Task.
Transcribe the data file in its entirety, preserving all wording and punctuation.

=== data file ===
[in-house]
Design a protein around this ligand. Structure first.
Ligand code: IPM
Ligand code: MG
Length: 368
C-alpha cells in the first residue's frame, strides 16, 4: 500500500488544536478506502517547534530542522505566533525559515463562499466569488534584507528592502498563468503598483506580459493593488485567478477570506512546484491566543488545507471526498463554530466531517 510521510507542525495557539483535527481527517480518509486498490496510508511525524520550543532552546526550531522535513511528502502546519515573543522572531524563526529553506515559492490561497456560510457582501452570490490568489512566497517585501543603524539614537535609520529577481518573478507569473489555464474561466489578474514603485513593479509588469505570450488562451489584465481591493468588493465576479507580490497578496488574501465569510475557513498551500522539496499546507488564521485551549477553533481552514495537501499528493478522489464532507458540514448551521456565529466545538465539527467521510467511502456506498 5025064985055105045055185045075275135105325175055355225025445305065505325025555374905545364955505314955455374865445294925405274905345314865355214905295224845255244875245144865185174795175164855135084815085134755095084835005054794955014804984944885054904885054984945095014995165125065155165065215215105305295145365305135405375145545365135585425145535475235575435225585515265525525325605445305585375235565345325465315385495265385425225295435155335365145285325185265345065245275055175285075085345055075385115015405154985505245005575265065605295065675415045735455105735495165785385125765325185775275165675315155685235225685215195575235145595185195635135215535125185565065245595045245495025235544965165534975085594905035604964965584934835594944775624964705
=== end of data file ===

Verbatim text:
[in-house]
Design a protein around this ligand. Structure first.
Ligand code: IPM
Ligand code: MG
Length: 368
C-alpha cells in the first residue's frame, strides 16, 4: 500500500488544536478506502517547534530542522505566533525559515463562499466569488534584507528592502498563468503598483506580459493593488485567478477570506512546484491566543488545507471526498463554530466531517 510521510507542525495557539483535527481527517480518509486498490496510508511525524520550543532552546526550531522535513511528502502546519515573543522572531524563526529553506515559492490561497456560510457582501452570490490568489512566497517585501543603524539614537535609520529577481518573478507569473489555464474561466489578474514603485513593479509588469505570450488562451489584465481591493468588493465576479507580490497578496488574501465569510475557513498551500522539496499546507488564521485551549477553533481552514495537501499528493478522489464532507458540514448551521456565529466545538465539527467521510467511502456506498 5025064985055105045055185045075275135105325175055355225025445305065505325025555374905545364955505314955455374865445294925405274905345314865355214905295224845255244875245144865185174795175164855135084815085134755095084835005054794955014804984944885054904885054984945095014995165125065155165065215215105305295145365305135405375145545365135585425145535475235575435225585515265525525325605445305585375235565345325465315385495265385425225295435155335365145285325185265345065245275055175285075085345055075385115015405154985505245005575265065605295065675415045735455105735495165785385125765325185775275165675315155685235225685215195575235145595185195635135215535125185565065245595045245495025235544965165534975085594905035604964965584934835594944775624964705